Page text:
2012. február 28., kedd


“It’s not enough to have talent, you also have to be Hungarian”— Robert Capa
Exhibition in Glen Eira City Council Gallery. Opens 10am Thursday 8 March and continues until 5pm Sunday 25 March. Opening Wednesday 7 March 6pm.
Exhibition to be launched by Professor Gabor Kovacs AM.
Hungary is renowned for having produced many internationally recognised artists in numerous fields including photography, design, painting and sculpture. Vision in Motion, featuring the works of Hungarian artists Istvan Horkay and Istvan Orosz, as well as Australian artists of Hungarian descent, Michael Meszaros and Andrew Mezei, reinforces this notion and explores the identity and inspiration of these artists as well as examining the influence of heritage within an artist’s realm.
(Click here to see the video.)

2012. február 24., péntek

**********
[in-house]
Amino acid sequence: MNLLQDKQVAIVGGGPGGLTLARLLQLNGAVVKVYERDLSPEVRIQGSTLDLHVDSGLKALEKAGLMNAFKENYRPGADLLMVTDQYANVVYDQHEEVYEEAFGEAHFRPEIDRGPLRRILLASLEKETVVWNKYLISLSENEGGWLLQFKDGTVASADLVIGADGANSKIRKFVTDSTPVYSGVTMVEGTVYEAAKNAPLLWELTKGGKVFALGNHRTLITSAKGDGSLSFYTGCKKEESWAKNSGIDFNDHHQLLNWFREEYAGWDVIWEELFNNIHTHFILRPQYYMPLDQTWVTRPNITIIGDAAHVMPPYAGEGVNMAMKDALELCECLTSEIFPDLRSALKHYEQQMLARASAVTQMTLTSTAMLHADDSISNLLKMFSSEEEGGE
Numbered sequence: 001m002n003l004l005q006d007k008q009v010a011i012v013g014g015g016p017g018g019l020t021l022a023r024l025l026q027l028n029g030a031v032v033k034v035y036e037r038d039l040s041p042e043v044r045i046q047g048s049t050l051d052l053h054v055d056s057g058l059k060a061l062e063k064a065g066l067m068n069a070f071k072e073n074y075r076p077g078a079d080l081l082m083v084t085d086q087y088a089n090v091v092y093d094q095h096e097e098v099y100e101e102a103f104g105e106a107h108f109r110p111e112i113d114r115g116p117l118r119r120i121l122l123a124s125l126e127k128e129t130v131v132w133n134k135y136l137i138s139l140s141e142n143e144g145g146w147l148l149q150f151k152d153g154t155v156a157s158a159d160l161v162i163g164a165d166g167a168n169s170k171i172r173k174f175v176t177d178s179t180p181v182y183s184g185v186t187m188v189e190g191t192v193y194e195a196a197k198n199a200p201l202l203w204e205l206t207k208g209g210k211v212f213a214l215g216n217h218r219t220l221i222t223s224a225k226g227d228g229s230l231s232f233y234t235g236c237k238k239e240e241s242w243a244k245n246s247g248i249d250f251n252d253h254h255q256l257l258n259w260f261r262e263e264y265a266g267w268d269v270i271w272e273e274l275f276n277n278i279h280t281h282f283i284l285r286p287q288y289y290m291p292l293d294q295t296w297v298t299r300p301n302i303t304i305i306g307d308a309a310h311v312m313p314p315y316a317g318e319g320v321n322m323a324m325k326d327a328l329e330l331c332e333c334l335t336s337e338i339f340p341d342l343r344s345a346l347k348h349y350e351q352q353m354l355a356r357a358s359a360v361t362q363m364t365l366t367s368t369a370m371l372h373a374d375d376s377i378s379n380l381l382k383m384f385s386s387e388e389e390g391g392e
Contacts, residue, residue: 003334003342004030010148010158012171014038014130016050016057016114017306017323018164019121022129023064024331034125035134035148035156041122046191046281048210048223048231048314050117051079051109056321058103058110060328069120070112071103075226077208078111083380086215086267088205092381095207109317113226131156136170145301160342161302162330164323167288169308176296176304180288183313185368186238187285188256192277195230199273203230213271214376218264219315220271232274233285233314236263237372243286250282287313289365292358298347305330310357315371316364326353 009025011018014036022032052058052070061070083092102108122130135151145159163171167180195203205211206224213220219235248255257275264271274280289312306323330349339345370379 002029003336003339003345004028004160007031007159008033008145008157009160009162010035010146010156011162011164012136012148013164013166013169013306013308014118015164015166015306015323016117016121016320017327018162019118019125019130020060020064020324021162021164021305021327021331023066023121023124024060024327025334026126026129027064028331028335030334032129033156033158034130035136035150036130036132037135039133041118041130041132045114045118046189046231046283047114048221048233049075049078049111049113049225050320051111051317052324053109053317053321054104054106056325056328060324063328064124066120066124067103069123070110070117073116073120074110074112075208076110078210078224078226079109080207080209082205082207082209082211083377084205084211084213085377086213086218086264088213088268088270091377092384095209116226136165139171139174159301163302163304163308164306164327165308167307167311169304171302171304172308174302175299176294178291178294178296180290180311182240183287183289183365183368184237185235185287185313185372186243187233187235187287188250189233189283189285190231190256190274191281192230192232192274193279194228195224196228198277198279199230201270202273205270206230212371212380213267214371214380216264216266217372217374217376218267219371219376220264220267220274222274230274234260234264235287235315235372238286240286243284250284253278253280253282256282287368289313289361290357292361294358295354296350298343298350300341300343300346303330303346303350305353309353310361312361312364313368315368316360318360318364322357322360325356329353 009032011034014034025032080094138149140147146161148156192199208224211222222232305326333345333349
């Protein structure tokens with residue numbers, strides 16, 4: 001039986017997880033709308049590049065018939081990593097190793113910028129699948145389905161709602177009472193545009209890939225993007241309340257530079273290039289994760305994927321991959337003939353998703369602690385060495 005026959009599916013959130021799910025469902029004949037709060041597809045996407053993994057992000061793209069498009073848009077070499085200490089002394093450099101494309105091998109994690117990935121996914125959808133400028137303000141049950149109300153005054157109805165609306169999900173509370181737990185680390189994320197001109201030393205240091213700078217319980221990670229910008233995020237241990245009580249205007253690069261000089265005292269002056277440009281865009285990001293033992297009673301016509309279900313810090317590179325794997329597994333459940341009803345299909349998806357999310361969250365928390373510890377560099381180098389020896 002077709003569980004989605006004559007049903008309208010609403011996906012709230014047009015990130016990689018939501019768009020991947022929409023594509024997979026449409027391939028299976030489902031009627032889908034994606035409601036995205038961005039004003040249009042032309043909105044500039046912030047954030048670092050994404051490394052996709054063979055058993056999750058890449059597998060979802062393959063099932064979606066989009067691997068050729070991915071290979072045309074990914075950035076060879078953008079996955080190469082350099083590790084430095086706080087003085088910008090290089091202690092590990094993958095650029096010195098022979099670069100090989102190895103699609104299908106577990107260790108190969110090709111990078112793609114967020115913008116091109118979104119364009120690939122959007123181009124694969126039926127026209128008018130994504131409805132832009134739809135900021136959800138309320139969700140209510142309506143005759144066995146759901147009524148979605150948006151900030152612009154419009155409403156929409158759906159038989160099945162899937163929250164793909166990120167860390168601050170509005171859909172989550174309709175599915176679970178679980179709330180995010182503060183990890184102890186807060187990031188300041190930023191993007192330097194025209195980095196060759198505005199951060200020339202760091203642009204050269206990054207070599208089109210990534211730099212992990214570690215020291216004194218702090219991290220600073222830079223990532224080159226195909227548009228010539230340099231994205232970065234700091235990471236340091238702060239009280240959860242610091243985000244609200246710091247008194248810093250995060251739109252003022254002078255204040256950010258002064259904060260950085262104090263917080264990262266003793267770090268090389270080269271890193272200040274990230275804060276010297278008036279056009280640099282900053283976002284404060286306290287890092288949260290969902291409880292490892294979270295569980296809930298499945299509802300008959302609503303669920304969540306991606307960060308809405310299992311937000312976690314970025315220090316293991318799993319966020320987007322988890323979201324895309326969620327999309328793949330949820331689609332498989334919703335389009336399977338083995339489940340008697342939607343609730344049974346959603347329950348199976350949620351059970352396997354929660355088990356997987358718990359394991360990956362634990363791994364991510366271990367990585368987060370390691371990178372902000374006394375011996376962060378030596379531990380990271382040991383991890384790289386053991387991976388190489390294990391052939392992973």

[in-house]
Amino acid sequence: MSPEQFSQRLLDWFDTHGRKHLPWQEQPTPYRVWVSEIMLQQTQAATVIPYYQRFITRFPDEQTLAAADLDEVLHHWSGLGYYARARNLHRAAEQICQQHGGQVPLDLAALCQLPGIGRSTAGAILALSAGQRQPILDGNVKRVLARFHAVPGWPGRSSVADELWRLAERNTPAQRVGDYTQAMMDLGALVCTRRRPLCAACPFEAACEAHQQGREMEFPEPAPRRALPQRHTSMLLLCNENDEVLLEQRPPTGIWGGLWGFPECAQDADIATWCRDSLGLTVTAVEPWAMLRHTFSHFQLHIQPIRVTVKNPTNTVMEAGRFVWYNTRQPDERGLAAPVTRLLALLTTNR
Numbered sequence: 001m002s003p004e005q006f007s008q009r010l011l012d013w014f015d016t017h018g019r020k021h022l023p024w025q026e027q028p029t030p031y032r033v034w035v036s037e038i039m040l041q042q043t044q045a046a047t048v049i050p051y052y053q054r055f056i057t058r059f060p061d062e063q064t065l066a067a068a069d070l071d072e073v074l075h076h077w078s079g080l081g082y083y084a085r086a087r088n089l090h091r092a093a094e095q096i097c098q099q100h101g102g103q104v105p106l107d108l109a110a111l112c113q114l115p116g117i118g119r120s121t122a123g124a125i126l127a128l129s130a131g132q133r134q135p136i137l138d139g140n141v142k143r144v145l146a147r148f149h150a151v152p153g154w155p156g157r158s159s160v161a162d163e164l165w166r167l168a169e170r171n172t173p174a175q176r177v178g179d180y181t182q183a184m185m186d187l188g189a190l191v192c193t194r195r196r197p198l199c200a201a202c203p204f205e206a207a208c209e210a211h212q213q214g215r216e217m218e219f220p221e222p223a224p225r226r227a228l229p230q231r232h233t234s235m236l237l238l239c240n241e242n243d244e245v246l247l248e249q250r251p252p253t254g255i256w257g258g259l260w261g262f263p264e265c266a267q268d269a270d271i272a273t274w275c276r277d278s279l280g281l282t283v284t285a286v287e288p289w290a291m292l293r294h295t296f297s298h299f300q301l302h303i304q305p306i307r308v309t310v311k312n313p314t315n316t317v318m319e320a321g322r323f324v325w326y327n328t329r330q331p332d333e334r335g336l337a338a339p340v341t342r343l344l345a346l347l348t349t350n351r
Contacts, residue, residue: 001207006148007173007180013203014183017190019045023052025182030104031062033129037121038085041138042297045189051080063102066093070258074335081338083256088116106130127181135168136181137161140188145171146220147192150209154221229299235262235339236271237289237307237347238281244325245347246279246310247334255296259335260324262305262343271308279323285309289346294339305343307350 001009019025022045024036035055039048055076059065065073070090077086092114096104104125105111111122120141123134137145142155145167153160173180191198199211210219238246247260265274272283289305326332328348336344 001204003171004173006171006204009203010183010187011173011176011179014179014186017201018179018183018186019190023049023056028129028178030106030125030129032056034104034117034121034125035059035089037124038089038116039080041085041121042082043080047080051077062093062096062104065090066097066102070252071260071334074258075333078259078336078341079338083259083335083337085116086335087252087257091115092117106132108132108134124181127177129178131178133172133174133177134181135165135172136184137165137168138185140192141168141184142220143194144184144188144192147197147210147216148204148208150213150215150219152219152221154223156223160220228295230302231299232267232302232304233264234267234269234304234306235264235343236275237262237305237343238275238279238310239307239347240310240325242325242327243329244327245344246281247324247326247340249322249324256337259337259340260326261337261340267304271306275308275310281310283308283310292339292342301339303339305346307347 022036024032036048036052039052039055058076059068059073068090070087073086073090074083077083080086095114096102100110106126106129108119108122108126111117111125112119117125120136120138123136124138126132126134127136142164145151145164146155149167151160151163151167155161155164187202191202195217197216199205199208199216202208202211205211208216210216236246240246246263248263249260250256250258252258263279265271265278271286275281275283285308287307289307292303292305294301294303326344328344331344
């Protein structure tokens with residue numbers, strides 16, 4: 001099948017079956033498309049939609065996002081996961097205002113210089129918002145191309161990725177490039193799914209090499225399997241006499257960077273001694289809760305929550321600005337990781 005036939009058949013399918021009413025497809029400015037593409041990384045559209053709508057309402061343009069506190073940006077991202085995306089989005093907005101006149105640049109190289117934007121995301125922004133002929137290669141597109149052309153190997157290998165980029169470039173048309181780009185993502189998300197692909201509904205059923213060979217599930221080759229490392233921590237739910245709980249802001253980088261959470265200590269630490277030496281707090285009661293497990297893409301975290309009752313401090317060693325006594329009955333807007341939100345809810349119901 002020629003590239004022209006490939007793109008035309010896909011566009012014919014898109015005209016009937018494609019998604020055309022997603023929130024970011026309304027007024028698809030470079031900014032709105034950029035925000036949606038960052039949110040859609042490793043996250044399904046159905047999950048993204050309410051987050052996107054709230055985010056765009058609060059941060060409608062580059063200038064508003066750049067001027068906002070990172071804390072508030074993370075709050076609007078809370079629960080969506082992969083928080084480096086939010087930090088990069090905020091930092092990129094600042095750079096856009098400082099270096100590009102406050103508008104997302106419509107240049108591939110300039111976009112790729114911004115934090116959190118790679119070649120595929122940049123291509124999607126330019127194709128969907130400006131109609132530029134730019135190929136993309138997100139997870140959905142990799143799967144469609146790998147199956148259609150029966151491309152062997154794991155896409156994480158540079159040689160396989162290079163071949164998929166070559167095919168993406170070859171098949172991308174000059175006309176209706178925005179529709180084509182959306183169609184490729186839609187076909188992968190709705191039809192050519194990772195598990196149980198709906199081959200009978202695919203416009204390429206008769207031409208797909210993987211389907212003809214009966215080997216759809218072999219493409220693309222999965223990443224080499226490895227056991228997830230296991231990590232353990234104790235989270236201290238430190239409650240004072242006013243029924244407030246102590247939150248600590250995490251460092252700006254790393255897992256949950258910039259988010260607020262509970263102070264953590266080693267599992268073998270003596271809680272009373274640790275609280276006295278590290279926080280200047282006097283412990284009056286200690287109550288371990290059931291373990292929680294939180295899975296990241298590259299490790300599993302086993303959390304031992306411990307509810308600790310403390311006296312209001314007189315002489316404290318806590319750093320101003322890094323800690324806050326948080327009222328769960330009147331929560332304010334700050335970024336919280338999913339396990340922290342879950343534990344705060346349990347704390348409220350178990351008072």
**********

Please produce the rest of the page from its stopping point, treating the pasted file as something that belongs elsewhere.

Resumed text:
The most interesting animated films from the Visegrád countries are screened this week in Moscow in cinema 35MM. The programme called „Animation – In the Heart of Europe“. The Tragedy of Man by Marcell Jankovics, is one of the highlights of the festival. I was invited – as one of the graphic designers of the film – to participate in the event. The Tragedy of Man is probably the longest made film of Hungarian film history. The script was written in 1983 and production started in 1988. I was working in the early 90s in the Tragedy. The film was finished in the end of the last year. The Tragedy of Man by the greatest Hungarian dramatist, Imre Madách was translated into 90 languages. The first Russian translations were made in the end of the 19th century.  Also Maxim Gorky ordered a translation for a new edition of the drama. There is an other interesting Russian connection: the first illustrator of the Tragedy was Mihály Zichy; he was the court painter of Emperor Alexander III at that time. It means that probaly the tsar was the first Russian, who was informed about the Tragedy.